F: My sister once told me she’d read a Hornblower and I asked what she thought of a battle or something, and she said she had “skipped all the navigational parts.”
EH: Sure, and nothing wrong with it, because that isn’t what she was getting out of it. But what you are only now realizing is, to a large degree, so did you, in that you had no experience to make what you read real. You could learn it abstractly but that isn’t sailing, any more than reading The Red Badge of Courage is experiencing a war.
Now, some hackwork is just that, not even sincere – the Horatio Alger books, say, [or] the Hardy Boys – and yet they can have their effect on the right person. Some books that are acknowledged literature may be too arcane, too far away in time, or require too much knowledge of their background to influence a given person. Don Quixote, say, or Moby-Dick. The quality is there, it can’t be disputed, but like everything else in life, it must meet a receptor in the person or the spark is not transmitted.
So to return to the point, there was a division in my world more fundamental than that between Catholic and Protestant, though that one had left deep results, in effect setting up whole countries as social laboratories in which humans could see the differences such different beliefs made in the societies they shaped. But that deeper division has been described in different ways, each of which is somewhat misleading because they each establish a framework that is necessarily arbitrary and therefore necessarily uncomplete. It is this division – that we have not yet quite found a way to frame – that made me who I am, by my ability to straddle it.
F: You say “made me who I am” and I guess you mean, “shaped the mind I continue to be”?
EH: It did do that, but for the moment I meant, shaped the force in culture called Ernest Hemingway.
F: Yes, I got that. Well, maybe the division was between sensory and intellectual?
EH: You could draw a thousand distinctions and many of them would be valid, and many would illustrate the situation. That would be one.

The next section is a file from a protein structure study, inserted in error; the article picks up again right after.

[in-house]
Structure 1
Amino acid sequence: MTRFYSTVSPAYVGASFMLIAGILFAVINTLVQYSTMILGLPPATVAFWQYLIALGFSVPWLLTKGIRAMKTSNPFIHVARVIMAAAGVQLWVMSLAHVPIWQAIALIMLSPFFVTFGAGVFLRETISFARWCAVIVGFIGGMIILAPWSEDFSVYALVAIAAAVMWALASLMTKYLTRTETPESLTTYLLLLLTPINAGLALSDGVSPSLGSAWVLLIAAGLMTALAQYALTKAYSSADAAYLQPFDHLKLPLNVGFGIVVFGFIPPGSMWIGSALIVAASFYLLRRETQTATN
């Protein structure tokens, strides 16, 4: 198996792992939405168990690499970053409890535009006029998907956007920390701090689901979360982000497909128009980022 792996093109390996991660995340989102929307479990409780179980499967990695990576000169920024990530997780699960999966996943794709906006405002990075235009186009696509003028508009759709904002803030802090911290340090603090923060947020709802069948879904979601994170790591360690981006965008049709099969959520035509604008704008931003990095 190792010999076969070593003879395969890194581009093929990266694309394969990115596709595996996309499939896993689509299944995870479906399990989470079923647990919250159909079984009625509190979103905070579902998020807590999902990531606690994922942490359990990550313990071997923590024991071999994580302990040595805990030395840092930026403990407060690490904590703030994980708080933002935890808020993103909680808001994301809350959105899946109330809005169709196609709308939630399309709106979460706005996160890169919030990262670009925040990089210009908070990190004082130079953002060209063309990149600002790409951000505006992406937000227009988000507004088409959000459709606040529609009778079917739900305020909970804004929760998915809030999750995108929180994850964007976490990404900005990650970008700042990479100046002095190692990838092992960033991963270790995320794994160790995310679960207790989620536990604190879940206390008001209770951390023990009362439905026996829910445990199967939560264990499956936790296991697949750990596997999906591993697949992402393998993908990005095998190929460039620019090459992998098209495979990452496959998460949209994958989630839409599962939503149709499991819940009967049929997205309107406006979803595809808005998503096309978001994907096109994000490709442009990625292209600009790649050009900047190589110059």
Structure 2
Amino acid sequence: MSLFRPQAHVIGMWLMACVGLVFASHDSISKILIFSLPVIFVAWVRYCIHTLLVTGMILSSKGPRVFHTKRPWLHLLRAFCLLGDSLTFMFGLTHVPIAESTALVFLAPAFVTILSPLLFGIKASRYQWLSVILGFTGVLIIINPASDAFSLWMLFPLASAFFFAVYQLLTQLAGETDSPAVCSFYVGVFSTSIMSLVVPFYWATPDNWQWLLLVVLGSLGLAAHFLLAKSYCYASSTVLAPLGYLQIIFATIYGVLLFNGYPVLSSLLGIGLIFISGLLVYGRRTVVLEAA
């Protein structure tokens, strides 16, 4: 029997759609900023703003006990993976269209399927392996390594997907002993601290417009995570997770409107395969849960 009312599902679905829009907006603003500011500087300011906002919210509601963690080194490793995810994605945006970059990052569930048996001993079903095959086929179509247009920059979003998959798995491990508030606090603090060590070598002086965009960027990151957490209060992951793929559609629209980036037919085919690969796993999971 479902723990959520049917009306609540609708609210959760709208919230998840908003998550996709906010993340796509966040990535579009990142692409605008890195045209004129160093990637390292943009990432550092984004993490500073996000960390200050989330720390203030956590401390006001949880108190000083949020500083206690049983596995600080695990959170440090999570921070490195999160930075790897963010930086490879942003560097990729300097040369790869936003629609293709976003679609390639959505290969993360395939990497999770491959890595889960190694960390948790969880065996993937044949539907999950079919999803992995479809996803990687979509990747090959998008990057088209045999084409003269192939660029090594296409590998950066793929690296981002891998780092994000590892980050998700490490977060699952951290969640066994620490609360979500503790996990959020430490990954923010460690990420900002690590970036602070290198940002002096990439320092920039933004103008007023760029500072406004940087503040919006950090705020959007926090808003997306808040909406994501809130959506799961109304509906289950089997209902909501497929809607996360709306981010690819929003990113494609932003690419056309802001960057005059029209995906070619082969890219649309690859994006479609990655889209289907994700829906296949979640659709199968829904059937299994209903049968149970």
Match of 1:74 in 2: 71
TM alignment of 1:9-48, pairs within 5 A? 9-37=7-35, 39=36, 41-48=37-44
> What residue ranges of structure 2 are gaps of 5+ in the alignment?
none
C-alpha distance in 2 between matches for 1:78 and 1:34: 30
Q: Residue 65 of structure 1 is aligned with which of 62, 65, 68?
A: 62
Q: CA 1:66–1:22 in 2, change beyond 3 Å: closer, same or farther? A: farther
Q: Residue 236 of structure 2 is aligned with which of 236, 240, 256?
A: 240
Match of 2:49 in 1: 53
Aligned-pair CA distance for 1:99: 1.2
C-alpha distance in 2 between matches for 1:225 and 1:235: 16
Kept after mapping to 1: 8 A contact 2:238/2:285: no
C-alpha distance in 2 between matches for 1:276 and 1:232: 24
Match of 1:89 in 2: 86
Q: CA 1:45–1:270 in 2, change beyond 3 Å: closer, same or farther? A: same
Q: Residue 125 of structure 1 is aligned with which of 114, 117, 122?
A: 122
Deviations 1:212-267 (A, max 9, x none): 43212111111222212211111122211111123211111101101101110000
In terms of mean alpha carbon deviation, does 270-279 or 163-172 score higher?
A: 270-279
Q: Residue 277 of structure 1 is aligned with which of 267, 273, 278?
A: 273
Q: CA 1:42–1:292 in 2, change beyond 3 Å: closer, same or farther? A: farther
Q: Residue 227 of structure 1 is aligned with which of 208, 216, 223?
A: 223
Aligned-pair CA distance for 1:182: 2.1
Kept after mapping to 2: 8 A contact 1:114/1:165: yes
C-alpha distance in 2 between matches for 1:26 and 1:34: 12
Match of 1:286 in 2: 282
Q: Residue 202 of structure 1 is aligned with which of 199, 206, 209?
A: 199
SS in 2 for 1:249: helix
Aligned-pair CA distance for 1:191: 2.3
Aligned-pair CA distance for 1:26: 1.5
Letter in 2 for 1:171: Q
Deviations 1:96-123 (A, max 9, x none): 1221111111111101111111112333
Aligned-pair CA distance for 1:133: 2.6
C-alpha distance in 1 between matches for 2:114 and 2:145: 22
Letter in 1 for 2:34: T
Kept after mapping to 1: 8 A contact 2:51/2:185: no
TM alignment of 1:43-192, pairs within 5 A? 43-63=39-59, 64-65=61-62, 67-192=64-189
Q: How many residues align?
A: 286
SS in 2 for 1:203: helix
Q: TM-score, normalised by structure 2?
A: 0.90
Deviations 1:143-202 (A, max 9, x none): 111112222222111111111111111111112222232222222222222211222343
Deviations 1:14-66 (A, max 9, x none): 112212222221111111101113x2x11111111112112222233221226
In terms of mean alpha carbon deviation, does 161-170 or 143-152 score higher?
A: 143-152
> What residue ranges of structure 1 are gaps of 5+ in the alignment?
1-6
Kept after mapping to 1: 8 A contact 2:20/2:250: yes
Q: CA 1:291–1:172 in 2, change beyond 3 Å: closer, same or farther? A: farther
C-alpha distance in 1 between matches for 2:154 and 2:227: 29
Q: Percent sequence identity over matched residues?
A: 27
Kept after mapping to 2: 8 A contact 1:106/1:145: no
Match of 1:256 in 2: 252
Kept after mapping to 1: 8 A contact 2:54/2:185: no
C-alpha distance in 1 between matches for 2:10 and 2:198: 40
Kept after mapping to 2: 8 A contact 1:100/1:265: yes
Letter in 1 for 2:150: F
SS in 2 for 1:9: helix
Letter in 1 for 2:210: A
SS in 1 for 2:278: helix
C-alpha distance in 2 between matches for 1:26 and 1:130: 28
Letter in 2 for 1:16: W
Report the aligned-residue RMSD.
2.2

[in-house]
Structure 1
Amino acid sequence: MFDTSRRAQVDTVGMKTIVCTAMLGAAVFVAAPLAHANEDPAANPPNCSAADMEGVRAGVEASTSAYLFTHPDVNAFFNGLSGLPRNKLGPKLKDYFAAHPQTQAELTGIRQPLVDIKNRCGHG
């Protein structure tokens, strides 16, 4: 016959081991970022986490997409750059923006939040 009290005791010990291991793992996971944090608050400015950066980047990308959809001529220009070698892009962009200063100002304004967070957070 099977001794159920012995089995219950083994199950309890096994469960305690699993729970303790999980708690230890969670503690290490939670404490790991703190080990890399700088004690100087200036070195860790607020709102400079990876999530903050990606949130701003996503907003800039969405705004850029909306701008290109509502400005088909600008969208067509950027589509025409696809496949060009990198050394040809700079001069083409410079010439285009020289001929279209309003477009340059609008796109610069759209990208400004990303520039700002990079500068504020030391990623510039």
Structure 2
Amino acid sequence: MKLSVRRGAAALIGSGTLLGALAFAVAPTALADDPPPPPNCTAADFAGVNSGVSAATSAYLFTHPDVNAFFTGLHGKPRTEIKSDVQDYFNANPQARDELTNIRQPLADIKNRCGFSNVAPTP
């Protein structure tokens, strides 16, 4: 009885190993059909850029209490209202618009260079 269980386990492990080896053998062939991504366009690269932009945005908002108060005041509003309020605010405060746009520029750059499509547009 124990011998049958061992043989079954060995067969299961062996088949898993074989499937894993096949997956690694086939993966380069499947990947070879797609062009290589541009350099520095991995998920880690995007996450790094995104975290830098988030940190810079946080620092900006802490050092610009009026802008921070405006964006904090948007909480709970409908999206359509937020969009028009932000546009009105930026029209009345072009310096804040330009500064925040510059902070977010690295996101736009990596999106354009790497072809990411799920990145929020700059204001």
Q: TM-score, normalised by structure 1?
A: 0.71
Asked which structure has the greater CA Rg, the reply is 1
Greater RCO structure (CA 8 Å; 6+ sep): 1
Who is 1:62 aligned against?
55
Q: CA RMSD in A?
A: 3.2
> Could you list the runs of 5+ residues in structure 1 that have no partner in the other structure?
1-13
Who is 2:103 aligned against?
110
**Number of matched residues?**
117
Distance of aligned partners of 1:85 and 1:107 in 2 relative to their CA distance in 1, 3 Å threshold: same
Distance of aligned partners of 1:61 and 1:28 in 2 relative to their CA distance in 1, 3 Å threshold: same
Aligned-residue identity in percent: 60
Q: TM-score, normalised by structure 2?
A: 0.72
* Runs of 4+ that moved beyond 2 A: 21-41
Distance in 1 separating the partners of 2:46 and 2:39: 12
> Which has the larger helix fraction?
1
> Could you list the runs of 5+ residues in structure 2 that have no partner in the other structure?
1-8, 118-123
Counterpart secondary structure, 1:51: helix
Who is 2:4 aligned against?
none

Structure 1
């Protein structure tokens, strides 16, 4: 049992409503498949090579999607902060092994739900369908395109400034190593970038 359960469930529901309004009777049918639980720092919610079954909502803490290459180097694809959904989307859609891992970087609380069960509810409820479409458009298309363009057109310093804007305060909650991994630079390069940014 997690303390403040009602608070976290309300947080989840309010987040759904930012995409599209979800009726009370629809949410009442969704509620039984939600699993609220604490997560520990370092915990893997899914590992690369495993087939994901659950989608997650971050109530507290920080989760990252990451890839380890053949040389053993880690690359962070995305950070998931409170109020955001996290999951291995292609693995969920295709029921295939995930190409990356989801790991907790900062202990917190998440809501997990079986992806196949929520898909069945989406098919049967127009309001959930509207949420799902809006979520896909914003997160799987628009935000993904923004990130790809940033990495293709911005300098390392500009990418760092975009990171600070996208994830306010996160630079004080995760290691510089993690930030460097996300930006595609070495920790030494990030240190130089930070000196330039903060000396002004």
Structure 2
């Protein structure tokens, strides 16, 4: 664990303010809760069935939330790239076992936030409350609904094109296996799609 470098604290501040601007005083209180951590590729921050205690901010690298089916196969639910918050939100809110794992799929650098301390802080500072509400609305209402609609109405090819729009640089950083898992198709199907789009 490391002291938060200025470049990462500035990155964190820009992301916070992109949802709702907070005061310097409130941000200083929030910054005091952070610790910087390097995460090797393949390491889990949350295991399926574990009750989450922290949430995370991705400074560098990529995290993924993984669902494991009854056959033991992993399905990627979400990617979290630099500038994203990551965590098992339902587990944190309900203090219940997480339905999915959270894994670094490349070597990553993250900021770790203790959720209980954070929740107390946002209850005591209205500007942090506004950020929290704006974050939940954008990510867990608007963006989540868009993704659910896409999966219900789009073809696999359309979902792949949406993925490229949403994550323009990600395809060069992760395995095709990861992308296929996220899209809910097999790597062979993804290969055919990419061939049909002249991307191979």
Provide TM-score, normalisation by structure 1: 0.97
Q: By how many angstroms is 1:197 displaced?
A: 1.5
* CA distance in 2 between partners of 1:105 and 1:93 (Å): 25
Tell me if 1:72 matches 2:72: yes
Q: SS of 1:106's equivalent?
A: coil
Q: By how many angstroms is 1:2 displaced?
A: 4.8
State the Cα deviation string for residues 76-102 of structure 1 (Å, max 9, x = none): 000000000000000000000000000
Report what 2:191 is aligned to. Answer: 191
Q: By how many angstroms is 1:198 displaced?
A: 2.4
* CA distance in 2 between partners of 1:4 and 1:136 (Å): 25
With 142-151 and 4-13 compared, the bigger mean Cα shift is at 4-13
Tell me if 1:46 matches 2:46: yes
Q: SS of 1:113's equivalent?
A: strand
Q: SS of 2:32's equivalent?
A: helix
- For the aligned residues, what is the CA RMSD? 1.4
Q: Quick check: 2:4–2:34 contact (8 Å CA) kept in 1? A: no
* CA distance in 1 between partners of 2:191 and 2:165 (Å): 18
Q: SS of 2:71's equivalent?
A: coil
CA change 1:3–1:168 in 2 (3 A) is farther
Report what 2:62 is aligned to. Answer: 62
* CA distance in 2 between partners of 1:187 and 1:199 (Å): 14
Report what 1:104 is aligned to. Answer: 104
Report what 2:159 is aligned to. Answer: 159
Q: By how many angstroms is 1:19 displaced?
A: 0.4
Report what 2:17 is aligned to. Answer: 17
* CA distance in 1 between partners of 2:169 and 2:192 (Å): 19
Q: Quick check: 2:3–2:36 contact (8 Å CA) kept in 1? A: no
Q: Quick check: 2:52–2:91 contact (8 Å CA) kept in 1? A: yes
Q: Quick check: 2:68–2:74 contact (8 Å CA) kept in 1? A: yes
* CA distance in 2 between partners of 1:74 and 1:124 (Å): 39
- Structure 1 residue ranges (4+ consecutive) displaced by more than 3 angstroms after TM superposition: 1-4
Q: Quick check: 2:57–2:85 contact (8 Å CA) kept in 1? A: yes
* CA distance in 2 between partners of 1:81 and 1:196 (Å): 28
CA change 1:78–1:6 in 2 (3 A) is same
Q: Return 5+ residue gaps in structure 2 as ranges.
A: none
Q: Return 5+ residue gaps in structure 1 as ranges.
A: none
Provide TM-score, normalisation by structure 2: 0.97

F: Then are we chasing something that can’t be caught?
EH: That’s practically a definition of life, as you often say. But the effort is worthwhile. Okay, let’s make one more effort. Resisting generalities, we still have to begin with them. If we don’t get beyond them, though, we won’t have gotten anywhere.
There is a direct experience of the world without intermediation of thought or concept or – opinion, call it. Poorer people, simple people, are more likely to live this way than those with more resources, physical or mental, because of course the more resources, the more things to tempt you off-balance, to distract you.
F: That’s what Thoreau was all about.
EH: It was, and he and I share a good deal, only in very different packages. Thoreau, and Emerson and old man Alcott, and some others you’d know but we don’t need to name, were sort of bloodless abstractions next to the Hemingway I was and the Hemingway I created. They and I felt the same thing, but we lived it out so differently, it can be hard to see what we saw together.
F: Can you say it now, with us keeping the Transcendentalists in mind?
EH: Maybe. Your own experiences at the Monroe [Institute] is another aspect of it. It is seeing the world as, in itself, without romanticism, without metaphor, spiritual which is to say magical. It is to live the difference between experiencing the world directly and experiencing it only through a veil of thought and script and memories and abstractions.
Every individual and cultural difference that exists can be seen as based on the primary difference between those who see the world directly and those who don’t. It is only one way to draw the line, but it is one way.
F: And you as writer could do both, because you could alternate between the two, or superimpose them somehow.
EH: I was reporting on the world. I was getting first-hand experience and then trying to recapture it, which of course transfigures it in the process.
F: I think we got somewhere today.
EH: I’d say so, and there’s your ten pages and your hour.
F: A great enjoyment, Papa. I look forward as always to next time.
5:50 a.m. And, typing this into the computer, I realize, of course that’s what The Old Man and the Sea was about, that direct perception of the world.
EH: Even in the old man, memories and other things were mingled, as when he wondered what Joe DiMaggio’s bone spur was. But yes.
Saturday, October 24, 2015